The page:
Directed by Bela Tarr and released on television in its home country of Hungary in 1982.
An early effort from Bela Tarr in which he gives us his rendition of one of William Shakespeare’s most well known pieces, Macbeth. As to be expected from the genius that is Bela Tarr, we are given two shots. That’s it. For the entire film. The first of which lasts around five minutes, and the second wobs, weaves and lingers for an incredible sixty or so minutes. Of course this technical aspect was to become a staple of Tarr’s work to come (for an example see… well, any of his films post-Damnation).
Beyond the sheer brilliance of the technical side of this piece, we have an absolutely fantastic performance from György Cserhalmi as the titular Macbeth. I might usually complain about the theatricalness of a film like this, but considering the fact that the way in which it is presented is more akin to the stage play where the source material for this was designed for and perfected to, I can do nothing more than marvel at it.
All in all, beyond the technical aspects which Tarr has since come to be known for, we have a master class in how to adapt a play for a film. Another beautiful aspect of most of Tarr’s work is that it feels like it could well have been filmed in the seventeenth century and the fact that this is one of his few pieces which isn’t in black and white gives Tarr fans all the more reason to seek it out.
Director of Satan’s Tango, Werckmeister Harmonies, The Turin Horse and others.
“You have to know that a movie is the most simple thing in the world. If you are a writer and you have an ashtray like the one I have in front of me now, you can write 20 pages about this ashtray, with metaphors and symbols, you can say a lot of theoretical things, because everything depends on the imagination of the reader. But I am a filmmaker; I have just the concrete, definitive ashtray. And the question is; how am I able to show you the ashtray? In this case, I’m able to develop emotions from you, but it’s always physical, concrete, and clear. I cannot use any metaphors. I cannot use any symbols. What I have are just some lenses, which are objective. I tell you and show you real things. Of course, if I am able to create a real, good situation that is human, and if I have good actors who are being in this situation, if I am able to develop some real human emotions before your eyes… in this case you can feel something that is a little bit more than the physical concrete reality.”
Directed by Béla Tarr & Agnes Hrantizky and released in it’s home country of Hungary in 2011.
The Turin Horse is a film that works off the story of one of Nietzche’s final encounters where he supposedly wrapped his arms around a horse crying. Of the story, Tarr asks “What happened to the horse?” – and thus The Turin Horse was born.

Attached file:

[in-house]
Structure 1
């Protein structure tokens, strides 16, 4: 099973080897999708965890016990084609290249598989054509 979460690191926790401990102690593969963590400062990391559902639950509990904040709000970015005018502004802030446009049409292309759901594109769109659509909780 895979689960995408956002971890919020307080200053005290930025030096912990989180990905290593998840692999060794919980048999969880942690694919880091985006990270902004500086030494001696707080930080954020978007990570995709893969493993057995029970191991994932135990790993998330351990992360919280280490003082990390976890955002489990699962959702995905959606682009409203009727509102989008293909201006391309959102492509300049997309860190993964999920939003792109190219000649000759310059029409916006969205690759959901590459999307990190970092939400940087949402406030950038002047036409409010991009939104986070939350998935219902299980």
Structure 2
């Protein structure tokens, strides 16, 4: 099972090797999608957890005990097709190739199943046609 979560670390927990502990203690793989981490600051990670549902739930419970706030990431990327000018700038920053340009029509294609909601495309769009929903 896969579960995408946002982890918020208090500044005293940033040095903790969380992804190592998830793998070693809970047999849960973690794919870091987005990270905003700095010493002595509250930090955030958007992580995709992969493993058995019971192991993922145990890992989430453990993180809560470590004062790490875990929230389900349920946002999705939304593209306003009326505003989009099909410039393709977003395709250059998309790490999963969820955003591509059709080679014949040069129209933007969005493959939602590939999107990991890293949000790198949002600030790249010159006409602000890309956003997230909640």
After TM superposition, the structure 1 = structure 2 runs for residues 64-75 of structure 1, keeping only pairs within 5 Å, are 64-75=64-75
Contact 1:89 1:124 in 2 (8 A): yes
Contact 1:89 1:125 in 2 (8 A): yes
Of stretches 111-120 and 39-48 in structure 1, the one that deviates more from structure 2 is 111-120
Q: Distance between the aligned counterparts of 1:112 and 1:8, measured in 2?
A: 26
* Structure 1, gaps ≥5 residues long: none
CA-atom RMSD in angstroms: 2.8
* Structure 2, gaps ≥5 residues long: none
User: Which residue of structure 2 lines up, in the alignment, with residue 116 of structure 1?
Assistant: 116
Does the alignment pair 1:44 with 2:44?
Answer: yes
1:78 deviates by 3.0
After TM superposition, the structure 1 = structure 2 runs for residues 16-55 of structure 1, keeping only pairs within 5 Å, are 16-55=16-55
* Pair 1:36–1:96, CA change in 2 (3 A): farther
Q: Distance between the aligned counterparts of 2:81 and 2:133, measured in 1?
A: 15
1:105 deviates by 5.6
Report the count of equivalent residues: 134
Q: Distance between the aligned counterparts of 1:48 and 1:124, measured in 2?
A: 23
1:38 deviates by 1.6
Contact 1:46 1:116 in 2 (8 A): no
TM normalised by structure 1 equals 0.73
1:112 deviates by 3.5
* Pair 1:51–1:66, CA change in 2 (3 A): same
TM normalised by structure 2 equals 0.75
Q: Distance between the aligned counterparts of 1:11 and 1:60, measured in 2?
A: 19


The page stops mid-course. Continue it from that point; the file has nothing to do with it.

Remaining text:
The film takes place at the turn-of-the-century and recreating that kind of atmosphere is hard but Tarr manages to do it magnificently, creating sets and buildings out of stone and wood especially for the film.
Originally devised in the late 80s and postponed and delayed by various people for various reasons, it stands out on it’s own from any of Tarr’s previous works for two reasons. The first is that it’s Tarr’s last and for most that will be a sign of defeat for cinema – I feel the same way – but for some it will pass them by without even noticing. The second is the visceral performances from the two central characters. Father and daughter. An hour into the film they are met by a visitor spouting Nietzche-like philosophies but is cast out by the father calling it horse manure. The only other appearances come from a group of gypsies and the narration by Tarr himself.
The film follows the daily life of the father and daughter as they sleep, eat, dress and look after their ailing horse who’s health slowly deteriorates as the film progresses. Tarr’s trademark, uncomprimising 10-15 minute single shots, either entice the viewer or make them incredibly uncomfortable and it’s no different here than in Satan’s Tango or Damnation. The cinematography is always the utmost magnificent thing about any of his films and it is absolutely splendid here – bear in mind the film contains a minimal 30 takes. It remains among the best of any Tarr film even managing to overcome the odds set by the beautiful Werckmeister Harmonies. Not to mention the incredible score which is laden throughout the entire piece – the main motif is haunting and will undoubtedly be stuck in my mind for days. Where the score isn’t the harsh sound of gale force winds fly through the frame. The wind sets the perfect tone for the center of the movie where we come to terms with the similarity of this families’ day to day lives.
As the film comes to a close the routines work their way back into the film and you’re left wondering how anyone can even stomach it any longer. The characters are heavily undeveloped but the way their routine and daily life is presented one can only express sympathy for their plight and watch as their story unfolds either to their benefit or to their dismay. Tarr has obviously done this on purpose – leaving the human aspect of this film to the very end and sacrificing it for the feelings of the titular animal which serves as the center of this, Béla Tarr’s last masterpiece.
While the opening 20 minutes contain no dialogue bar the opening naration, the ending is an incredible parallel as the final 15 minutes are played out in complete darkness, ending with Tarr’s narration – followed by an ending to be remembered for a long long time to come.
Films like this remind you how powerful cinema really can be.
A premature death for cinema.
Or is it? Only time will tell.